How and where the Titans’ off-season moves fit

How and where the Titans’ off-season moves fit

Now that free agency could be on the verge of giving way to draft evaluation, let’s do a quick review of what Tennessee has added in the off-season and how those pieces might fit into the puzzle o the 2016 Titans. We’ll call this our Titans Free Agency Guide for Dummies, although we realize that all of our readers are highly intelligent and we thank you for any and all support!

Tight end Craig Stevens: The Titans kept Stevens on an affordable one-year deal and he will be back for another season doing what he has done for years, blocking a lot and catching a few passes as an under the radar receiver.

Cornerback Brice McCain: McCain was the first of several players with Steelers connections to Dick LeBeau to sign on this year. He had his best season under LeBeau in 2014 before going to Miami last year. McCain figures to be the leader in the clubhouse for the nickelback role in camp.

Running back Antonio Andrews: He had little leverage as an exclusive rights free agent, other than to sign the offer made. Andrews figures to compete for a backup role now with Bishop Sankey, David Cobb and Dexter McCluster behind the Titans new workhorse back. Which leads us to ….

Running back DeMarco Murray: Acquired from the Eagles for virtually nothing (a move down 13 spots in the fourth round of the draft), the Titans are banking that they are getting the running back closer to what Murray was in Dallas two years ago with more than 1,800 yards than the disgruntled (indications are he was far from the only unhappy camper at Camp Kelly) runner he was in Philly. If he has something left, he will solve a big issue for the Titans at running back.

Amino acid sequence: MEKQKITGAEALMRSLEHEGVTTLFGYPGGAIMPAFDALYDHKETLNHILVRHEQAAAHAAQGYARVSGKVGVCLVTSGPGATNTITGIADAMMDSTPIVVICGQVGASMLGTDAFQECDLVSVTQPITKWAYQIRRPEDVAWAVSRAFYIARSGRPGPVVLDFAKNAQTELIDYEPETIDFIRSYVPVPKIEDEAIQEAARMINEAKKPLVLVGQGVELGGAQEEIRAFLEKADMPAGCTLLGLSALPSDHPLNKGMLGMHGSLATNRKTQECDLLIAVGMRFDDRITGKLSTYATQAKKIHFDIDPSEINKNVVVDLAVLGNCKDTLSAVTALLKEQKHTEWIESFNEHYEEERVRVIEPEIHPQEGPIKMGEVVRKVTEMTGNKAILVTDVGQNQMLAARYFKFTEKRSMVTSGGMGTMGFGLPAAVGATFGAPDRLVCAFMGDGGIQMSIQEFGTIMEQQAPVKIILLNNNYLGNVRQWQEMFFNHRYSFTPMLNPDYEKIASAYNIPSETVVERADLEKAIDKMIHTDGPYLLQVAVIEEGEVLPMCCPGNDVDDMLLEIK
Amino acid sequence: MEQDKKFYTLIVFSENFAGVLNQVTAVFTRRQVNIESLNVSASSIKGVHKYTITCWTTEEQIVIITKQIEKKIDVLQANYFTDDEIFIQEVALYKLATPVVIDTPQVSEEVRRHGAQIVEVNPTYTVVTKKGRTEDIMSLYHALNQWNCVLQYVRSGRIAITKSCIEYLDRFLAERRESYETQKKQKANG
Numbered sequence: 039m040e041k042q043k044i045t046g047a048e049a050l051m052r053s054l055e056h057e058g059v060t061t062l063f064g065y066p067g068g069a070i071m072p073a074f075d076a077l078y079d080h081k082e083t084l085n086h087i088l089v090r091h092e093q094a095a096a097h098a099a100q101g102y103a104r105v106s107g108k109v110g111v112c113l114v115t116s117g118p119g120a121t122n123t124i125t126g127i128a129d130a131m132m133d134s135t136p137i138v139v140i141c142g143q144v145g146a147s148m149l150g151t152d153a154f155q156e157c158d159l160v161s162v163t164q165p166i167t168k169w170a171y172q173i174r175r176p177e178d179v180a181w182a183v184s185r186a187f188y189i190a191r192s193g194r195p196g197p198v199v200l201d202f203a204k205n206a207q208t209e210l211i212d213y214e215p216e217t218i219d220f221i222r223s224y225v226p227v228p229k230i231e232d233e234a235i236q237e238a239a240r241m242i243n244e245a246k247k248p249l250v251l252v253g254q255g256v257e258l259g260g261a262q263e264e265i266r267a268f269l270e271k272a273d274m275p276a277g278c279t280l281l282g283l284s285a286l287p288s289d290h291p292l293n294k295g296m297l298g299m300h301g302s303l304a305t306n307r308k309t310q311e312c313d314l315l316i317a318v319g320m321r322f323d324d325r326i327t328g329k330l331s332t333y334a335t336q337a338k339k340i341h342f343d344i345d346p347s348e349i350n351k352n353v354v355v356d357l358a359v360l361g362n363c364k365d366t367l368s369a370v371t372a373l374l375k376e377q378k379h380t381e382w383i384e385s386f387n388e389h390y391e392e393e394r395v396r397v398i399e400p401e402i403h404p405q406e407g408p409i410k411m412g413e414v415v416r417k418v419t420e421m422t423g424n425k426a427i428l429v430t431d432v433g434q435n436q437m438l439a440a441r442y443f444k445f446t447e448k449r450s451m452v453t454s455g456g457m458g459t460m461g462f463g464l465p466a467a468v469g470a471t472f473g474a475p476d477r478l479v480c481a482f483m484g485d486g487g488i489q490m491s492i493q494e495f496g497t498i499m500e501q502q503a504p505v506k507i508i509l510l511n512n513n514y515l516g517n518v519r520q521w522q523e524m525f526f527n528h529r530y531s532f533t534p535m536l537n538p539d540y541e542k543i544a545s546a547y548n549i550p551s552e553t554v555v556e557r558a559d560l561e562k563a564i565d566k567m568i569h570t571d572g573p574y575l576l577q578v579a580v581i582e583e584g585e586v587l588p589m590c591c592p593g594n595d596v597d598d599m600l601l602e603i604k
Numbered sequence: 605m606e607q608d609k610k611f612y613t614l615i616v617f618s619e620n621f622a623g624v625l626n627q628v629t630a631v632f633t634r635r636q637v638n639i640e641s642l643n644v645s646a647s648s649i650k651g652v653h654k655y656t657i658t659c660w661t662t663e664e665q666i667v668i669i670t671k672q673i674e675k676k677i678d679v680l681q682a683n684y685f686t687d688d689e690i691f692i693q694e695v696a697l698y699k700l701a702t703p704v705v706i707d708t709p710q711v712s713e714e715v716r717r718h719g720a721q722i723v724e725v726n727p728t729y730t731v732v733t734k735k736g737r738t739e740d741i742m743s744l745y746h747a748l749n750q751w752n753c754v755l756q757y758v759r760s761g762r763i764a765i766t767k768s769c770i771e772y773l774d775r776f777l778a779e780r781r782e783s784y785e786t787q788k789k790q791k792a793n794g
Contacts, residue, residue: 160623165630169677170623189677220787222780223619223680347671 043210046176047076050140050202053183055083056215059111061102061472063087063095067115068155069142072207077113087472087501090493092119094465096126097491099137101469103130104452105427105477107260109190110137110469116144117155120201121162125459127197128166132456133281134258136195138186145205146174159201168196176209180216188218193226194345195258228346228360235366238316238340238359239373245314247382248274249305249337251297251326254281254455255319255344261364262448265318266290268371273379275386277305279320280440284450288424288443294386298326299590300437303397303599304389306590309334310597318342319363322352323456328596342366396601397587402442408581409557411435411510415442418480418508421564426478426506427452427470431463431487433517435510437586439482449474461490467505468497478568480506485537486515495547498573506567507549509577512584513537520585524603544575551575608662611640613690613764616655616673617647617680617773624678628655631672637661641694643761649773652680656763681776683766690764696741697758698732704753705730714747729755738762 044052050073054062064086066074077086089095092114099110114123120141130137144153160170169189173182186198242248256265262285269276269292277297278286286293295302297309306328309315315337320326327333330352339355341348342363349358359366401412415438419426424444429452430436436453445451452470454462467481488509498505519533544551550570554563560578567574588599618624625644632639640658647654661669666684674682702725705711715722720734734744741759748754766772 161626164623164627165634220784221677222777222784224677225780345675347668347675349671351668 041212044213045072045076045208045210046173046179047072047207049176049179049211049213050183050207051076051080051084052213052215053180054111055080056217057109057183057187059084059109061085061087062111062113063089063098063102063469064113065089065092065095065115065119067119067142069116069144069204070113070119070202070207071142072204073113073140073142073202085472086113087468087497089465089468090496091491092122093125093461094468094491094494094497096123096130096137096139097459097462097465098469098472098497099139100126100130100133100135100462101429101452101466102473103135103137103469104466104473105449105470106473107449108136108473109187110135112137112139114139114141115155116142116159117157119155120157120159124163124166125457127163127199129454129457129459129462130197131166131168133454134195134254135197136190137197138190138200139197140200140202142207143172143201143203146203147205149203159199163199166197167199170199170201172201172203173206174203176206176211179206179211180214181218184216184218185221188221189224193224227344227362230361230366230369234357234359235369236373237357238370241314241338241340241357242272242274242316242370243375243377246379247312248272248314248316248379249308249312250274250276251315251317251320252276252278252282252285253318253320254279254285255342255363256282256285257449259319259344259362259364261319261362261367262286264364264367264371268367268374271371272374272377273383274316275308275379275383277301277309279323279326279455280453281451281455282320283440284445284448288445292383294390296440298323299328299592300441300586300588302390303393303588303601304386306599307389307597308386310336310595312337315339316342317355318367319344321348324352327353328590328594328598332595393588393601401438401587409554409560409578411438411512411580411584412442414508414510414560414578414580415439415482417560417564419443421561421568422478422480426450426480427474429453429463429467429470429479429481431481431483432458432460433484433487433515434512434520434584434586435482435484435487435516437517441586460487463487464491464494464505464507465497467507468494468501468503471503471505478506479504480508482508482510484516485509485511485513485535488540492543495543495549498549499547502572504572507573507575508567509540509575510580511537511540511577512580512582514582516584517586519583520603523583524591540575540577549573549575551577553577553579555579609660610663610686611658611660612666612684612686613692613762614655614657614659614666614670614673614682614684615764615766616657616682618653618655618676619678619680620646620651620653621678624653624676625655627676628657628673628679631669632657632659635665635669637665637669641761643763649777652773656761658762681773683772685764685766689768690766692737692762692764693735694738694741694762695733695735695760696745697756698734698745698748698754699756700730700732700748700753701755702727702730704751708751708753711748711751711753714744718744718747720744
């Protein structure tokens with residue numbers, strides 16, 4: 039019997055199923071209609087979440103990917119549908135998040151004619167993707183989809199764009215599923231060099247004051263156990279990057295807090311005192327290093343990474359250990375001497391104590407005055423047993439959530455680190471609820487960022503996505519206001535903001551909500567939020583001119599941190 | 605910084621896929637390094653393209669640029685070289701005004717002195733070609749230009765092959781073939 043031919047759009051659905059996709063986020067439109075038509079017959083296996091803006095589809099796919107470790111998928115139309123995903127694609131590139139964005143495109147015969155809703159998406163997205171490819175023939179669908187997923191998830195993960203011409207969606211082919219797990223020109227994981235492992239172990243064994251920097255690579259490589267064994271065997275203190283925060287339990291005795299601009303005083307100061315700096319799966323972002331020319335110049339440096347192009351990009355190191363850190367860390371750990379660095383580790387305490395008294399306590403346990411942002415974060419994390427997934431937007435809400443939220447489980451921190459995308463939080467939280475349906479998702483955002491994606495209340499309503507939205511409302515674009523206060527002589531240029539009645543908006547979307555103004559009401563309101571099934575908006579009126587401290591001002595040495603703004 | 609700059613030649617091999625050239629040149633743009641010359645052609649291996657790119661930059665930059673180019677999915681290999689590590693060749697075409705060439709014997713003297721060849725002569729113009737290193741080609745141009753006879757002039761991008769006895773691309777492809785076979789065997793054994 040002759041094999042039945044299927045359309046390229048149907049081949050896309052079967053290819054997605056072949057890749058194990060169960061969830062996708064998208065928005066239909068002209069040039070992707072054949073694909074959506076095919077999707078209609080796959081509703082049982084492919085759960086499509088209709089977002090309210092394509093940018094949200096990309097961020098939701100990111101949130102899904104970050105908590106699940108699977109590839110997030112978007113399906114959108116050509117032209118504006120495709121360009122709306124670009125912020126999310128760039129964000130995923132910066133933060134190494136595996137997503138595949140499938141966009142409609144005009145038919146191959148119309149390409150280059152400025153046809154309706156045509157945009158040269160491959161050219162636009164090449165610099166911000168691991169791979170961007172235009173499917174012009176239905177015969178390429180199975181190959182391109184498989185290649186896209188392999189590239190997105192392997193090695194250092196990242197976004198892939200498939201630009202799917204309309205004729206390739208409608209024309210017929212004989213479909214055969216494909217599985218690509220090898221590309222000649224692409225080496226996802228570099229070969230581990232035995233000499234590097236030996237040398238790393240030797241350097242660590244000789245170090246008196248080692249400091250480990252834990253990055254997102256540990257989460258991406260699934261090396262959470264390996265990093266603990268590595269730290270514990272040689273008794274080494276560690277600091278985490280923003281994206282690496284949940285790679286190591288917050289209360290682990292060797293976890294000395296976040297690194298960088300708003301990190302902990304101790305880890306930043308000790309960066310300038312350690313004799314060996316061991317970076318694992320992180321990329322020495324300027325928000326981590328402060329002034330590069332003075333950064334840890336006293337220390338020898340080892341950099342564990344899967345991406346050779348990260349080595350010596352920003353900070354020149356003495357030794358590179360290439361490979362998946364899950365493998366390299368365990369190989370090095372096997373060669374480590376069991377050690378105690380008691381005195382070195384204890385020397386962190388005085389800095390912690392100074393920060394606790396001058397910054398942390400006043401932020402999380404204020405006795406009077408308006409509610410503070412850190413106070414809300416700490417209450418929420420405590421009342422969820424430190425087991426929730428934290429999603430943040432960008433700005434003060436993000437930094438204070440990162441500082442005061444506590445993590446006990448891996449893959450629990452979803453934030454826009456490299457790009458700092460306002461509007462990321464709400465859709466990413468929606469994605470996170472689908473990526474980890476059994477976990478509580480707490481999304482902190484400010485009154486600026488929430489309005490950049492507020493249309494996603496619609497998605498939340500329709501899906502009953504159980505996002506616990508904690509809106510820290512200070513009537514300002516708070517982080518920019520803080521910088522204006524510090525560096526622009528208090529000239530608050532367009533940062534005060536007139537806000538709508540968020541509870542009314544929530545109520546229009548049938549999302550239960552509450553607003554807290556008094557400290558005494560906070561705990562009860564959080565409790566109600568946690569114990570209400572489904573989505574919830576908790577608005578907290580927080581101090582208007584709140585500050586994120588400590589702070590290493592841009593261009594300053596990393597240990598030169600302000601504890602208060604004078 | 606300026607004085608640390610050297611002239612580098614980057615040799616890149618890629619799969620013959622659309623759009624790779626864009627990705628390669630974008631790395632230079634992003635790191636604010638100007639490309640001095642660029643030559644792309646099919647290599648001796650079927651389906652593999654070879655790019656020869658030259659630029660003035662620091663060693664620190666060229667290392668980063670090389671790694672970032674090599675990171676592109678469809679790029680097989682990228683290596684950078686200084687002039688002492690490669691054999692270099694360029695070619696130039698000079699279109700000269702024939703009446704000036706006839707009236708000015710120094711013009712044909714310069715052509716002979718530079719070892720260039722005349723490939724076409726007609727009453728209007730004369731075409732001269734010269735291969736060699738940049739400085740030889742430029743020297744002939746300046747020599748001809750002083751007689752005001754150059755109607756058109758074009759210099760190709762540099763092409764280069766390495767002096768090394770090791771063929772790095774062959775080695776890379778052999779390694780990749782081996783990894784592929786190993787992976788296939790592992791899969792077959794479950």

Center Ben Jones: Known for his crazy antics like drinking his own urine and eating bugs, Jones comes in to anchor the middle of the Titans offensive line, a position that has been an issue since Kevin Mawae retired. Jones’ arrival puts Brian Schwenke and Andy Gallik on notice that they could be competing for one backup spot, though each of them getting into the left guard mix isn’t out of the question.

Quarterback Matt Cassel: A head-scratcher initially, especially given Cassel’s struggles last season in Dallas. But the Titans apparently want a veteran sounding board for Marcus Mariota. It also suggests that the current regime may not be as sold on Zach Mettenberger as Ken Whisenhunt was. Mettenberger’s 0-10 record isn’t all on him, but he will face a challenge now to keep the No. 2 spot in camp.

Wide receiver Rishard Matthews: Matthews’ addition feels a little bit like the signing of Nate Washington several years ago. He is a young receiver entering his second contract and looking for a bigger role. He probably isn’t a No.1 type guy, but if he be a solid No. 2 in the vein of what Washington was, the Titans will be pleased with their investment.

Defensive tackle Al Woods: One of the Titans’ own free agents they brought back into the fold. Woods and Sammie Hill both were free agents, and Tennessee kept Woods, who had worked with LeBeau in Pittsburgh. Chances are, the Titans will draft another nose tackle to play behind Woods for now and eventually be his successor.

Linebacker Sean Spence: Another of the Pittsburgh South contingent coming from the Steelers, Spence provides much-needed depth at the inside linebacker spot. There is even the chance that he could challenge Wesley Woodyard to start alongside Avery Williamson with a strong camp an preseason.

Cornerback Antwon Blake: Blake was developing as a solid role player in Pittsburgh under LeBeau in 2013 and ’14 after being claimed off waivers from the Jaguars. He struggled last year in Pittsburgh after LeBeau left, but the Titans are hoping LeBeau can get him back on track.

Tackle Byron Bell: Bell split most of his time between right tackle and left guard (plus one game for an injured Taylor Lewan at left tackle). Chances are, his re-upping with the Titans is as a backup at both tackle and guard, especially if the Titans draft Laremy Tunsil first overall or select a right tackle in round two or three on draft weekend.

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